Jeremiah 48:24
And upon Kerioth, and upon Bozrah, and upon all the cities of the land of Moab, far or near.
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(24) Kerioth.—The name, plural in form (= cities), has been identified by Mr. Porter (Five Years, &c, ii. 191-198) with Kureiyeh, a ruined town lying not far from Buzrah, identified with the Bozrah that is coupled with it here, in the Haûran. These are, however, some sixty miles north of Heshbon, and this has been thought adverse to the identification. On the other hand, the expression “far and near” indicates that Jeremiah takes in the more distant cities to which the power of Moab may have extended. From the mention of “the palaces of Kirioth” in Amos 2:2, it appears to have been a place of importance. Mr. Grove (art. Kerioth in Smith’s Dict. Bible) suggests its possible identity with Kureiyat, not far from Dibon and Beth-meon.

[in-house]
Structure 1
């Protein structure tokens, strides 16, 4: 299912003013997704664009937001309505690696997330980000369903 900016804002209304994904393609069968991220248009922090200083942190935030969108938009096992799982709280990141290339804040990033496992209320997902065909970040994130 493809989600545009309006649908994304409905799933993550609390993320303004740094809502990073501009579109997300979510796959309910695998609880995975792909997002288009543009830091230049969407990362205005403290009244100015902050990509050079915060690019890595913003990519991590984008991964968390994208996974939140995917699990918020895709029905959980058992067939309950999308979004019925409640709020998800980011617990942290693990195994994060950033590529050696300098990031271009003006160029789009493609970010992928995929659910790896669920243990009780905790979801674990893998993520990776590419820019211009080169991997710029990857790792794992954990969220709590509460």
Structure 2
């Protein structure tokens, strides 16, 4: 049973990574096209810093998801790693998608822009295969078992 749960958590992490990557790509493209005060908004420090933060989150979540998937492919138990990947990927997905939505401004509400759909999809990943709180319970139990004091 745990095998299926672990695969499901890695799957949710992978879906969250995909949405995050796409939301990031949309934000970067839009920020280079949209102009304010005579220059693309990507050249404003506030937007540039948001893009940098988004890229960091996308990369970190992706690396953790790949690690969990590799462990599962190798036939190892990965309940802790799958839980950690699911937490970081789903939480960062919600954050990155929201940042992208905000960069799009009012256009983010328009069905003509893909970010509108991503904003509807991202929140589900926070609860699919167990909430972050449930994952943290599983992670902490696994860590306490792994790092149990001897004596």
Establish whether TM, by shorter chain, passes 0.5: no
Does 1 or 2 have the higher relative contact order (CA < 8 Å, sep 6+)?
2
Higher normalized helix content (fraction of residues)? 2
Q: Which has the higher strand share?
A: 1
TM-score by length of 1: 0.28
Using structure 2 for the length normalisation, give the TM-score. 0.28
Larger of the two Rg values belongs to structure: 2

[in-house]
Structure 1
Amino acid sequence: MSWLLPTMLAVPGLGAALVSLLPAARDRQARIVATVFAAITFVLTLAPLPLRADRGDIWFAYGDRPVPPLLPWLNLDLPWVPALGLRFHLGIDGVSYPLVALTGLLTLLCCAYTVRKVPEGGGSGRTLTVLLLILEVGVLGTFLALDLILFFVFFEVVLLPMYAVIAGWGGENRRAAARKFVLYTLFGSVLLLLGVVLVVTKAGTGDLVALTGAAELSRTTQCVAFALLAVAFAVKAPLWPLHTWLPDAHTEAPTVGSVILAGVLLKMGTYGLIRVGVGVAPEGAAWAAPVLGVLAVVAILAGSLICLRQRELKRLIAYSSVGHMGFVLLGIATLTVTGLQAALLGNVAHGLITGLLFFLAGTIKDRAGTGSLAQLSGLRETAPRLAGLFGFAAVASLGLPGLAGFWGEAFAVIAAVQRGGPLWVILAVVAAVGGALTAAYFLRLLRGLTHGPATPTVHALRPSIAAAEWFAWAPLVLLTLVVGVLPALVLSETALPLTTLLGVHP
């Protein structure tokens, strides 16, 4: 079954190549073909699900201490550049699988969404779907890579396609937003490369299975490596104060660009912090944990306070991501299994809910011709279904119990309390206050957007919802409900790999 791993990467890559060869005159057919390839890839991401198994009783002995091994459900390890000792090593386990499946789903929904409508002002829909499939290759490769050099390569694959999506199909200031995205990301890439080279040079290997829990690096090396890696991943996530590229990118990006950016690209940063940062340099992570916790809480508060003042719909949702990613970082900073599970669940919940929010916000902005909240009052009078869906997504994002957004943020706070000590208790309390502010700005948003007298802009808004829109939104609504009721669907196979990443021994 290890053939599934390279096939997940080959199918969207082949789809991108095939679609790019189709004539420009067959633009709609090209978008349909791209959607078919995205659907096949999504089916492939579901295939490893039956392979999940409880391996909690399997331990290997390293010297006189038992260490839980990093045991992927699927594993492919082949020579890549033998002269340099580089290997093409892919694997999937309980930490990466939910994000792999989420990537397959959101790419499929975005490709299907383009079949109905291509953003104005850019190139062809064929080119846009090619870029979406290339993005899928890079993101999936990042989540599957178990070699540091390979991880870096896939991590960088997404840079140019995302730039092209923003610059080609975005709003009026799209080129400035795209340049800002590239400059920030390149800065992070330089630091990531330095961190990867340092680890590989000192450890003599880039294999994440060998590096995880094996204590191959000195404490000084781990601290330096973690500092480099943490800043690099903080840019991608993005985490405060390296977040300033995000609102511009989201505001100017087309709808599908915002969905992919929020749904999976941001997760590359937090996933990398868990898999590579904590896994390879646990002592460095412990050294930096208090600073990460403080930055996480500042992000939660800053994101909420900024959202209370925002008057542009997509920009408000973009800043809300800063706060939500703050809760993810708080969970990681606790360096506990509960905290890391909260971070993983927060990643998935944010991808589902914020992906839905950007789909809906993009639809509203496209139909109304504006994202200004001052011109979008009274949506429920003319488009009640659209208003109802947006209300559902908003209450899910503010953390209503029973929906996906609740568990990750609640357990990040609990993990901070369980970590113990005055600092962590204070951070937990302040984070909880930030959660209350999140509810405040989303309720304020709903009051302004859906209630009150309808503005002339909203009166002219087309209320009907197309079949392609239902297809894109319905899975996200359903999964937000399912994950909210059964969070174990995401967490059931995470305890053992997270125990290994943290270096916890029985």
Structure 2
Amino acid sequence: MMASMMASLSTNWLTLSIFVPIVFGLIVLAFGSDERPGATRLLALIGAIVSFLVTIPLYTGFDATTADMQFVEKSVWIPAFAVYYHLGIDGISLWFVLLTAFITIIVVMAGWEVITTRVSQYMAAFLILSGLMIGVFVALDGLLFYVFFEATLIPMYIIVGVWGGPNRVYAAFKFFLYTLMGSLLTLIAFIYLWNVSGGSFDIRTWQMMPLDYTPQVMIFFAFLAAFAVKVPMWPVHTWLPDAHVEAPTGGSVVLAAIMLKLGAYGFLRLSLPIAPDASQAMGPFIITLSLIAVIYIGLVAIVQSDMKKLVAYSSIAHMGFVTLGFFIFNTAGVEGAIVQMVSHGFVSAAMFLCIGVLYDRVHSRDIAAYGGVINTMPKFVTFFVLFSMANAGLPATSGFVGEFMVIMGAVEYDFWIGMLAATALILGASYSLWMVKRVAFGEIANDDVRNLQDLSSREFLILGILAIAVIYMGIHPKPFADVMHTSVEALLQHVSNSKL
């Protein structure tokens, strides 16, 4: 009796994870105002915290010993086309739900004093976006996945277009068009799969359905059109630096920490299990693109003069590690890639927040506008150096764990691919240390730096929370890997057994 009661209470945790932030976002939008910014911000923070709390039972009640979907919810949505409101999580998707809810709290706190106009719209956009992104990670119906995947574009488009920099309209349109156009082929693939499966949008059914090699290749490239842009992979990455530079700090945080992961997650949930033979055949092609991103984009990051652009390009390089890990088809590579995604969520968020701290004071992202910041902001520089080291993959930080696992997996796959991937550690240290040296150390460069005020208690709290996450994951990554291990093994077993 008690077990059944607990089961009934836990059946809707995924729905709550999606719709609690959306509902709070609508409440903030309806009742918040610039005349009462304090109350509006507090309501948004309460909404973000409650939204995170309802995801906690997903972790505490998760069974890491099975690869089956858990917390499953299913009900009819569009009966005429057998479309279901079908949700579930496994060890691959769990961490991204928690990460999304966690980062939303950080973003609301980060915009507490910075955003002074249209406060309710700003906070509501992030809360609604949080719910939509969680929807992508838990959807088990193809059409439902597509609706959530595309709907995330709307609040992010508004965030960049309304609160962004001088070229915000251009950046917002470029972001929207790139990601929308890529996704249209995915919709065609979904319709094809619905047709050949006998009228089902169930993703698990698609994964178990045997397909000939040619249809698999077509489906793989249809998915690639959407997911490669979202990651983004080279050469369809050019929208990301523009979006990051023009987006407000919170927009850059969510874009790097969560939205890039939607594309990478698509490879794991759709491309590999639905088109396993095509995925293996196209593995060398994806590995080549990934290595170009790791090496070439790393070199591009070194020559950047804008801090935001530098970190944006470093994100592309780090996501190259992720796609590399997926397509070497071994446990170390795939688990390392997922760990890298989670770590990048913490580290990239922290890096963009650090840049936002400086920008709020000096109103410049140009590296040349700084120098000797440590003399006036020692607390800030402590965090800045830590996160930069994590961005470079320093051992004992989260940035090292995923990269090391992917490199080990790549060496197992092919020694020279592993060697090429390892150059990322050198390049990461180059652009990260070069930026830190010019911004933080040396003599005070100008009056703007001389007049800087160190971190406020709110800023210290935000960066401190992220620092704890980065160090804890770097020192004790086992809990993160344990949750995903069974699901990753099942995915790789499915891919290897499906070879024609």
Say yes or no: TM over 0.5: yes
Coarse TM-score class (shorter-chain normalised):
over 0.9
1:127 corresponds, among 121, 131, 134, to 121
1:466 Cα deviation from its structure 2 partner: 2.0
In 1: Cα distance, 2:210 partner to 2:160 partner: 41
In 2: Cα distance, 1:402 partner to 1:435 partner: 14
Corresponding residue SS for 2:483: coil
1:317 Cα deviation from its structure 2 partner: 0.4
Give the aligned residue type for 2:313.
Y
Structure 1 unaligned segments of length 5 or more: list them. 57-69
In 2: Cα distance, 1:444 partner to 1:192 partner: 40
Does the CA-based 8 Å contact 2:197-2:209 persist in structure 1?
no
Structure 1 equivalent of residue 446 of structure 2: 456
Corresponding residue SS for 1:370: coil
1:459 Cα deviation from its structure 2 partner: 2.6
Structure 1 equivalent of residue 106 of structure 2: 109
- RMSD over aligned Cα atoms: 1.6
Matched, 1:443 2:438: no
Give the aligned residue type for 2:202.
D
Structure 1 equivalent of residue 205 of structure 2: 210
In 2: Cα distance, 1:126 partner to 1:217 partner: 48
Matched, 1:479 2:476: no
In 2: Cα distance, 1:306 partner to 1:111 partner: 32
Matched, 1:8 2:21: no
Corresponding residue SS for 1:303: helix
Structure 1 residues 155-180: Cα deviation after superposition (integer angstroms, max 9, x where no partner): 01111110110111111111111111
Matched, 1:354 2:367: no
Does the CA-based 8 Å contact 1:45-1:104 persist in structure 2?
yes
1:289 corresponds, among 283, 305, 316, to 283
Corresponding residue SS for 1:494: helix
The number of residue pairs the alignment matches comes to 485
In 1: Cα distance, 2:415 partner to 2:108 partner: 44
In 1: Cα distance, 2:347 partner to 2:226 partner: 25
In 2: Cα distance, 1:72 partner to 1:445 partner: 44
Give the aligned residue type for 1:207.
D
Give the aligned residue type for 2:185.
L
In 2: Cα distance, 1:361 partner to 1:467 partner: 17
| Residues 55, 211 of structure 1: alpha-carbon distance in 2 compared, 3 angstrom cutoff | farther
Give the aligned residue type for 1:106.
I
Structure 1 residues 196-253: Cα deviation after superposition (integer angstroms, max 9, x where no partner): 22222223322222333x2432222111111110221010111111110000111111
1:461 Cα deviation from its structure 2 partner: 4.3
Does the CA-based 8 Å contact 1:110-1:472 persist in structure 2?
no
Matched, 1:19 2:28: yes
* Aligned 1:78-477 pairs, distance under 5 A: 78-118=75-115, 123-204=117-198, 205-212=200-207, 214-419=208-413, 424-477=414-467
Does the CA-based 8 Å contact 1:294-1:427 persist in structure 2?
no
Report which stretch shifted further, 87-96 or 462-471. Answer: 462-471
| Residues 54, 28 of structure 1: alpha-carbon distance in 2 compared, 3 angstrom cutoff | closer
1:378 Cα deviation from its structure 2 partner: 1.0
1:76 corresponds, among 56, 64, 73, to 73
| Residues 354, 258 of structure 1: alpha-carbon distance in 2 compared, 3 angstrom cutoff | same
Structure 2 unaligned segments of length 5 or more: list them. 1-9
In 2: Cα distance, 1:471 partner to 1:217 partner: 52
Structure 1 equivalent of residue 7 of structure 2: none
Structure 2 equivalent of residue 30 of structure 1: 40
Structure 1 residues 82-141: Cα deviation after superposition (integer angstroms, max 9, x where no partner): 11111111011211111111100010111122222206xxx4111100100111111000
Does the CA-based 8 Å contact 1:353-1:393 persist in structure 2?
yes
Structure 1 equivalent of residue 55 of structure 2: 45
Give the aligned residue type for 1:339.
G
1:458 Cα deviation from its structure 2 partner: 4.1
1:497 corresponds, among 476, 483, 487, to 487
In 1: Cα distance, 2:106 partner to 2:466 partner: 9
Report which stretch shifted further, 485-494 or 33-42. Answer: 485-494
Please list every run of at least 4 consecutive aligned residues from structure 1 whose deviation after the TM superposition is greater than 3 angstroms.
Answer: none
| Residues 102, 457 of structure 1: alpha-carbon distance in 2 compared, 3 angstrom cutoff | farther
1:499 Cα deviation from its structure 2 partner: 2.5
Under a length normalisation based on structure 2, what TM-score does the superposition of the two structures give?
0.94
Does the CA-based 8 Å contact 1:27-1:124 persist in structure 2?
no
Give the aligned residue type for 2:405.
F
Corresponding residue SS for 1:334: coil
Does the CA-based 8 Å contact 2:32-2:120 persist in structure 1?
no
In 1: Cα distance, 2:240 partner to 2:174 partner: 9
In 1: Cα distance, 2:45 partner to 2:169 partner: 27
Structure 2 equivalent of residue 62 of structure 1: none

Bozrah.—The name (= fortification) is familiar as belonging to the more famous city of Edom (Jeremiah 49:13). The Moabite town, identified as above with the Buzrah of the Haûran, appears in 1 Maccabees 5:26 as Bosora, one of the towns of Galaad or Gilead, and in Roman history as Bostra, the birthplace of the Emperor Philip, known as the Arabian.

48:14-47. The destruction of Moab is further prophesied, to awaken them by national repentance and reformation to prevent the trouble, or by a personal repentance and reformation to prepare for it. In reading this long roll of threatenings, and mediating on the terror, it will be of more use to us to keep in view the power of God's anger and the terror of his judgments, and to have our hearts possessed with a holy awe of God and of his wrath, than to search into all the figures and expressions here used. Yet it is not perpetual destruction. The chapter ends with a promise of their return out of captivity in the latter days. Even with Moabites God will not contend for ever, nor be always wroth. The Jews refer it to the days of the Messiah; then the captives of the Gentiles, under the yoke of sin and Satan, shall be brought back by Divine grace, which shall make them free indeed.Kerioth - A synonym of Ar, the old capital of Moab. It appears to have been a considerable place, and has been identified with El-Korriat, situated on the long ridge of Mount Attarus.